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IKEA Company’s Business Analysis Report

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Updated: Dec 31st, 2021

Introduction

It has been more than a decade since IKEA came up with the idea to provide affordable low-cost housing which incorporates functionality, space, and high-quality housing all at low costs (Davies, 2005). Thus the age of flat-pack houses commonly known as Bokloks began and this idea which began as a way to solve housing problems in Sweden is now making its way into other countries such as Britain (Davies, 2005). In addition to being low priced compared to the price of building a house or dealing with mortgages, the homes come in a ready-built manner with fitted kitchen furniture and wooden floors and all the home buyers need to do is to assemble it by following instructions (Davies, 2005).

Discussion

With the concept applied in providing low-cost homes, I believe that the same concept can be used to provide housing for charitable organizations such as UNICEF or Red Cross that are engaged in charitable duties which take them to different countries at any time. Flatpack housing is a model of housing for the workforce engaged in charitable activities is the best choice for a number of reasons. The innovation to have flat pack homes for charitable organizations should bear in mind some important factors. These factors include and are not limited to making sure that the homes are easy to put up compared to the normal flat pack homes. Normally flat pack homes made by IKEA are made of timber because they are supposed to be durable for a long time (Fisk, 2009).

However, timber can prove to be quite heavy to lug around especially when an urgent response to a disaster is required. Another thing is that the timber flat-pack house may take time to put up and time is always limited when responding to disasters. Therefore, in creating flat-pack homes for charitable organizations, IKEA should come up with an innovative flat pack home made of material that is easy to transport such as timber that is lighter than that used in normal homes. Also, included in these homes are shelves and convertible furniture which can be easily be converted into examining tables and beds for both the aid workers and those seeking medical assistance. The main idea for this innovation is to make it easier for the aid workers to set up camp, provide and distribute medical assistance in the shortest time possible in addition to saving costs and time incurred searching for accommodation (Fisk, 2009).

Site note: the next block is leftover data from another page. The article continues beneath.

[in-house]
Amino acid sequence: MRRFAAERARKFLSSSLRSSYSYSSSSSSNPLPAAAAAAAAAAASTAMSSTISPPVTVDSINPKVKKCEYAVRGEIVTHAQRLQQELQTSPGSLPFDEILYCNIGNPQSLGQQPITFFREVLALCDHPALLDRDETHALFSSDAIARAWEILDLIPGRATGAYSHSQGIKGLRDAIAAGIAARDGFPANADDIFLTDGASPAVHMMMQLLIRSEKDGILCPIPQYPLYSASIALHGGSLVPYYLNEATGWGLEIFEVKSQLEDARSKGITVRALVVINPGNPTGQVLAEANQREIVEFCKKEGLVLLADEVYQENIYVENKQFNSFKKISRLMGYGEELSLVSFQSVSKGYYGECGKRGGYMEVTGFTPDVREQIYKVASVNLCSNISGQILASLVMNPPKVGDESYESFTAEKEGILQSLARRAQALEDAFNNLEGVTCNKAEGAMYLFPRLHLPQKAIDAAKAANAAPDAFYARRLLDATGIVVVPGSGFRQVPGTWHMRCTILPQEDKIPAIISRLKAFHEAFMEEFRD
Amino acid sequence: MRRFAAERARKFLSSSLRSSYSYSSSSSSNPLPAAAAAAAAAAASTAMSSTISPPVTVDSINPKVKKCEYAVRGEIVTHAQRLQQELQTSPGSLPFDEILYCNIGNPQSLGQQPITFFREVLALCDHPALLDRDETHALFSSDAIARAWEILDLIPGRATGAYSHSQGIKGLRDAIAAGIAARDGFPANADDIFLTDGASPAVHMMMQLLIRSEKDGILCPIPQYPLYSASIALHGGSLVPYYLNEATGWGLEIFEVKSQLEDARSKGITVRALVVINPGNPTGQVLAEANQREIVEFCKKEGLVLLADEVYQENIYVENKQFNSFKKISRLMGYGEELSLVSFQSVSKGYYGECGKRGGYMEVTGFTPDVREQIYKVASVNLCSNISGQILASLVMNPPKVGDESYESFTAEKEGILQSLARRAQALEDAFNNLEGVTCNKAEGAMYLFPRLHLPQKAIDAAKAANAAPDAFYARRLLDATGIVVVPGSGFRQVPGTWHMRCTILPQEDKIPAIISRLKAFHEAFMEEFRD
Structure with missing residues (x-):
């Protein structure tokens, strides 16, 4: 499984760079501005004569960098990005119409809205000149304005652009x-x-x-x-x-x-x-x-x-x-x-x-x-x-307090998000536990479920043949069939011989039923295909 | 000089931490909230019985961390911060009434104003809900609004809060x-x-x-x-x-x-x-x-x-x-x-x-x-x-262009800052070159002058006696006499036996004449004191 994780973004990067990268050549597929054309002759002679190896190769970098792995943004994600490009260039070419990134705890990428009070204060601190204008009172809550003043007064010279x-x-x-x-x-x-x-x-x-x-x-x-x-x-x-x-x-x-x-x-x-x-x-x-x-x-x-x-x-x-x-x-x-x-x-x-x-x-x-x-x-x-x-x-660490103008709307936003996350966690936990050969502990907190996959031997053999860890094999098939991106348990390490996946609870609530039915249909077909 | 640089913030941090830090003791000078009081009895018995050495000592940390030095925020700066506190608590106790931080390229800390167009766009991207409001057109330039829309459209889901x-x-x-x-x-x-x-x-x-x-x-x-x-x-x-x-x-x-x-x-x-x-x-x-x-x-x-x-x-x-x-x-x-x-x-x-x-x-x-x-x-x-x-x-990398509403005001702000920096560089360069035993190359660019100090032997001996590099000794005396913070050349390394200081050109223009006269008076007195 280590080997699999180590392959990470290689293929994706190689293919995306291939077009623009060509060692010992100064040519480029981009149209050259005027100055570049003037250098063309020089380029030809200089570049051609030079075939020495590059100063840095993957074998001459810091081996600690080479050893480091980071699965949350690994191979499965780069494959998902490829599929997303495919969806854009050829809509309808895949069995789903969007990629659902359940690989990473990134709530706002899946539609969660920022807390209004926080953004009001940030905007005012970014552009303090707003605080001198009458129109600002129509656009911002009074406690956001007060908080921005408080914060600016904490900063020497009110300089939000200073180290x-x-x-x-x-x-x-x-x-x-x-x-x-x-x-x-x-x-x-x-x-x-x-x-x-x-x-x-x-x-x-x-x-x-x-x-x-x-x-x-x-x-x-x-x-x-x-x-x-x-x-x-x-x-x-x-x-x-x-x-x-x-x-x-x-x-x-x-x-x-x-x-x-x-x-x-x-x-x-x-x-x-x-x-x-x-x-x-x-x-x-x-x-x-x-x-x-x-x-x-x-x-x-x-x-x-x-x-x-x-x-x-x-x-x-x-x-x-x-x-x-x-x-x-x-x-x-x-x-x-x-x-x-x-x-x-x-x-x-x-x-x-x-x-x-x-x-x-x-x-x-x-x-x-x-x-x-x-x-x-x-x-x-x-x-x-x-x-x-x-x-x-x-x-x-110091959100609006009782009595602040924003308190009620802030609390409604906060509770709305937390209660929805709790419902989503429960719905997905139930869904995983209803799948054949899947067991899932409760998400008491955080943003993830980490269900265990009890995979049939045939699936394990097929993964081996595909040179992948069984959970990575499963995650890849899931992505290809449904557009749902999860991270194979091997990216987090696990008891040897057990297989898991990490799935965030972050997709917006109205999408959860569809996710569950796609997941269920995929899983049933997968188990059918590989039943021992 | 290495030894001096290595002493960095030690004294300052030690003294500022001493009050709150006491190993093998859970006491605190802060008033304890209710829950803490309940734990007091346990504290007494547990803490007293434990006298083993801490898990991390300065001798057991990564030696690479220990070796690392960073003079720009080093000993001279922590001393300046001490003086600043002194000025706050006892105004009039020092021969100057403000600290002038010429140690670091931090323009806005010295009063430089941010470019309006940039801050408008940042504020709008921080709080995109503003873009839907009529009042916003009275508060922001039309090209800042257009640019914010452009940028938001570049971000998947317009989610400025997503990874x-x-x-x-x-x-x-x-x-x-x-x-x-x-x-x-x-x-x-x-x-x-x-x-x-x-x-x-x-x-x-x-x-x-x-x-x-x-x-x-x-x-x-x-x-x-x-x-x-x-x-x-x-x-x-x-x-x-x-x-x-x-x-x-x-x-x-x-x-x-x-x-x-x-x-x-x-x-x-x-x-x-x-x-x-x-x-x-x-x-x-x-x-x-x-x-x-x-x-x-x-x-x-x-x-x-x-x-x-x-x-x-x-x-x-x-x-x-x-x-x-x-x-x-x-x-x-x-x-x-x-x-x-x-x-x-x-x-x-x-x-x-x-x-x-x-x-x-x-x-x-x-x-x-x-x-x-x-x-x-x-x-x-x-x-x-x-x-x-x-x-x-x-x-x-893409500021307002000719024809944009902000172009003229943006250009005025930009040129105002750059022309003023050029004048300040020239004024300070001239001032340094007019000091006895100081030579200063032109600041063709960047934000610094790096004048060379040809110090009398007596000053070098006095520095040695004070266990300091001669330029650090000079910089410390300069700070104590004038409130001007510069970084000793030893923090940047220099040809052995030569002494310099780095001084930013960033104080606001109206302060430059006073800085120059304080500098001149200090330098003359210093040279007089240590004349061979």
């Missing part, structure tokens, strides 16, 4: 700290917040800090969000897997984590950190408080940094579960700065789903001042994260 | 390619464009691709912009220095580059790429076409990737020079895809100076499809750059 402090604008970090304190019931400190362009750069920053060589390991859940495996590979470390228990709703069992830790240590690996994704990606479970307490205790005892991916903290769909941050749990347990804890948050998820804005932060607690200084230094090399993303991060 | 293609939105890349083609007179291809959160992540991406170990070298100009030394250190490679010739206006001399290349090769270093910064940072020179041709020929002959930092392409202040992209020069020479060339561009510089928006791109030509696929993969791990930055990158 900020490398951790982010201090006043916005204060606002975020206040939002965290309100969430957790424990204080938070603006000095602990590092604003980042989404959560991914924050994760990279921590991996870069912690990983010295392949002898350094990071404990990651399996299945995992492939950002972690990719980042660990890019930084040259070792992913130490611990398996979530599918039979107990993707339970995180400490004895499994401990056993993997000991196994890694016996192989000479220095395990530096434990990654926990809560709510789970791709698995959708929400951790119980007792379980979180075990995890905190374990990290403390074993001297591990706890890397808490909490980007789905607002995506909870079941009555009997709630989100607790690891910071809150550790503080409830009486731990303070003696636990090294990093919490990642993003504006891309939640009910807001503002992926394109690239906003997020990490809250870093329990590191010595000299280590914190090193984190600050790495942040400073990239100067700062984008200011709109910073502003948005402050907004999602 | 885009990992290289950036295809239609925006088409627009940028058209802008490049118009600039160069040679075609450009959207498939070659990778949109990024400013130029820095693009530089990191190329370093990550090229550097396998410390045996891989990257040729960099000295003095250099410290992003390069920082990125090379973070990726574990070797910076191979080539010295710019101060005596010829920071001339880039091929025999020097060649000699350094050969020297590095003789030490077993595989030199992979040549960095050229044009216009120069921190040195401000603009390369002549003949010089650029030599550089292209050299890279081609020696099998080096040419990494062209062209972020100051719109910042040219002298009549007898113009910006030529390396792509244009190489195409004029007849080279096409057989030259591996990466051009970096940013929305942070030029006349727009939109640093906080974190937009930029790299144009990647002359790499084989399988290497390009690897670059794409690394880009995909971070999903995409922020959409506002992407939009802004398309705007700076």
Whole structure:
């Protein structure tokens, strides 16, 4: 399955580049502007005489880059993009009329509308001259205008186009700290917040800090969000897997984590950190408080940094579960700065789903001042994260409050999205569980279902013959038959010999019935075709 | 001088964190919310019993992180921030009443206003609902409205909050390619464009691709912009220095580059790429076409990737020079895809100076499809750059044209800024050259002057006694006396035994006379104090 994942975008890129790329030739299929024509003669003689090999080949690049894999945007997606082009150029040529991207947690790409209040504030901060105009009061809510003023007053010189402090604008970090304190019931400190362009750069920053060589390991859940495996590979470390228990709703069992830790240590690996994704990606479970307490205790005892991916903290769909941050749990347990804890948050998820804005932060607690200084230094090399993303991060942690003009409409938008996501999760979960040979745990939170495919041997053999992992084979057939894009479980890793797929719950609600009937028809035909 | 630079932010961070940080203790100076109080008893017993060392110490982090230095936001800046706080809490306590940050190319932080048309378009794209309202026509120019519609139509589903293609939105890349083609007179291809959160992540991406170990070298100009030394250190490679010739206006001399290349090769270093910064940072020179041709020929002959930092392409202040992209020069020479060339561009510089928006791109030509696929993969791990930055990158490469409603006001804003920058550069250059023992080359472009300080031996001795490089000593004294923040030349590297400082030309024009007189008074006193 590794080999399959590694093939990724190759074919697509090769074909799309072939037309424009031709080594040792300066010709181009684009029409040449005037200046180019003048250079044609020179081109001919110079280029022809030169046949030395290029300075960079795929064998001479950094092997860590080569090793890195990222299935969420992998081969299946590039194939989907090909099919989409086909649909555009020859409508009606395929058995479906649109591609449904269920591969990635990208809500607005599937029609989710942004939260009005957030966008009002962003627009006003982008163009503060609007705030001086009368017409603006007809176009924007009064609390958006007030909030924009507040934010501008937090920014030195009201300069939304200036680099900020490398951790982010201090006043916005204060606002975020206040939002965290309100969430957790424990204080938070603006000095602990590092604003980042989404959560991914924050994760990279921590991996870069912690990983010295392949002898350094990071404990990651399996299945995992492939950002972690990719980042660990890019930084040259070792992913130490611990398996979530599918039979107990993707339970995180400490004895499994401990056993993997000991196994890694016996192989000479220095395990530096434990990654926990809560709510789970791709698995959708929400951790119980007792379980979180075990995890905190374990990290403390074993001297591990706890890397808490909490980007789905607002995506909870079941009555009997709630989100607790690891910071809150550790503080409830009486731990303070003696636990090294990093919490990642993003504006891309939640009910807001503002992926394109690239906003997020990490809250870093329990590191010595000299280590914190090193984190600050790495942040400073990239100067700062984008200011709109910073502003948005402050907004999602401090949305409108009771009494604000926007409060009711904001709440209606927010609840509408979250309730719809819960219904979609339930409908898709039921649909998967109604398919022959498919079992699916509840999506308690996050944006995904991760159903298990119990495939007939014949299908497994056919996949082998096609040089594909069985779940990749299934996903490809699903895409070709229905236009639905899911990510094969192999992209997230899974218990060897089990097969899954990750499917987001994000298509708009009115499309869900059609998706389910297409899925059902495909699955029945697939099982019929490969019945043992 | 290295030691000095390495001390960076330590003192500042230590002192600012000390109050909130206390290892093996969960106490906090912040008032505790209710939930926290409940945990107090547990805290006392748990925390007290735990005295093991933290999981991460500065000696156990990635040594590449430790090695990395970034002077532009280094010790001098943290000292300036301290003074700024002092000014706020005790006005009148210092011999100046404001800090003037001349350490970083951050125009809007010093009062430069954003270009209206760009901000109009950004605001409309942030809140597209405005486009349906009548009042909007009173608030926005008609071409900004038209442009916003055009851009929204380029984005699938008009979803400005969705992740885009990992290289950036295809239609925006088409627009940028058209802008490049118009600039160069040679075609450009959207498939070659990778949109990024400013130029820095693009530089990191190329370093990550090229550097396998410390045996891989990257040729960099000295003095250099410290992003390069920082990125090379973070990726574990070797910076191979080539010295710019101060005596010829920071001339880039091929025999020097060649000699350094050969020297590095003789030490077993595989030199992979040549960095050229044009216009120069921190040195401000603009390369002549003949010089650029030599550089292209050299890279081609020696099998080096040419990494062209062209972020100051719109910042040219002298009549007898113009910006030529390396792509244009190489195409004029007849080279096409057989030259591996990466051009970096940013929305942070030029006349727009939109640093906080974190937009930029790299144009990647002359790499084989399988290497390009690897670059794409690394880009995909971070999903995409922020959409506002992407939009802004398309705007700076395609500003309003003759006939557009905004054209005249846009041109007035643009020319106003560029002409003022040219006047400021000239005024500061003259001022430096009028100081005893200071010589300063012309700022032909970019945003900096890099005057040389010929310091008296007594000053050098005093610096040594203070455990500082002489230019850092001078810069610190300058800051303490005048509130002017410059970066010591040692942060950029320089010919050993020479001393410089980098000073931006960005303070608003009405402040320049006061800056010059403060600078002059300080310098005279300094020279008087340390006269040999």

This new innovation will enhance the life of the aid workers in a number of ways. One of the benefits will be saving on time (Davies, 2005). Time will be saved on looking for accommodation for the aid workers which in most cases may be found in areas far from the disaster sites. By having flat-pack homes, aid workers can easily set up camps close to the disaster areas. Another area that time will be saved will be on settling down as the flat-pack homes will be easy to put up and distribution of supplies can be done at the site of the disaster. Saving on cost is another benefit that this innovation is likely to bring (Fisk, 2009). Costs that could have been incurred by having the aid workers booked into the hotel can be saved by having the flat-pack houses which can be designed to cater for a number of aid workers per house. Another benefit is that with the flat-pack homes the aid workers will not be competing with those affected by disasters on the limited housing available during such times. Therefore with the new flat-pack homes, in comparison with the old life, the new life experience will be that the aid workers will save on time and cost in addition to having the surety of having shelter anytime anywhere.